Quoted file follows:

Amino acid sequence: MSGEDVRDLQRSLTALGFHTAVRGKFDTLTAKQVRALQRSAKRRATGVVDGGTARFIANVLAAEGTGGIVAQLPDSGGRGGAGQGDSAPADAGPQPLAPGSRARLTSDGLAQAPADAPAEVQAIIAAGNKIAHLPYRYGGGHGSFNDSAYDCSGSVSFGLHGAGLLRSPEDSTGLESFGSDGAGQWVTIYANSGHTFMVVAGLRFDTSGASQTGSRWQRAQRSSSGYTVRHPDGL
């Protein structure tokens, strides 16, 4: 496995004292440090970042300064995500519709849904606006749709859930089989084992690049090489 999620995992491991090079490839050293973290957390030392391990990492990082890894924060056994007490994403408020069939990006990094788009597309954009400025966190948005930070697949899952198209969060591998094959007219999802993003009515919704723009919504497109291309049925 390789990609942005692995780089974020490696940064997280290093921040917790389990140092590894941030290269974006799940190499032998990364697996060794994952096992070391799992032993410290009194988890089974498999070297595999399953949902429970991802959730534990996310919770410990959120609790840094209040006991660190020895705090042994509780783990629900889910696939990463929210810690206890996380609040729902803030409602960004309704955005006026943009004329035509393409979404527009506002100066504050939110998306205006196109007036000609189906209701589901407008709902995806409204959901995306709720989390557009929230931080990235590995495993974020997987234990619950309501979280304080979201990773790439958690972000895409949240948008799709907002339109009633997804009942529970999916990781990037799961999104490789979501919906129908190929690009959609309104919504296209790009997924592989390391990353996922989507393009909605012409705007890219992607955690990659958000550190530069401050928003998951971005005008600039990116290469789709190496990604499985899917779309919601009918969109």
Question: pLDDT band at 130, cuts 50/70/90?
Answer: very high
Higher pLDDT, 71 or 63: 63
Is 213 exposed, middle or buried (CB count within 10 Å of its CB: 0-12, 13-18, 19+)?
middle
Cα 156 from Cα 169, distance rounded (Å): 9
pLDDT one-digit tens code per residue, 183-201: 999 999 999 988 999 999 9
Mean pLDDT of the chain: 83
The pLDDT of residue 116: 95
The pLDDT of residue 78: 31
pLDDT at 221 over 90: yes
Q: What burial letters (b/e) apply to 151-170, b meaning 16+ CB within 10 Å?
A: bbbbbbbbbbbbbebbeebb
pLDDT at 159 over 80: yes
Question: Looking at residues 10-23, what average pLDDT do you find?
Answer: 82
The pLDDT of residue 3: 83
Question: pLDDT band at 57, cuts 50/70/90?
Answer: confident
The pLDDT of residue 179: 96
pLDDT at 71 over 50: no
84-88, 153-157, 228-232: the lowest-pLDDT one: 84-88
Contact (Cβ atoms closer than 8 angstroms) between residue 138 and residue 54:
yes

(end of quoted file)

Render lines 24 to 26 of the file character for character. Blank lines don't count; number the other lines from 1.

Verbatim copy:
84-88, 153-157, 228-232: the lowest-pLDDT one: 84-88
Contact (Cβ atoms closer than 8 angstroms) between residue 138 and residue 54:
yes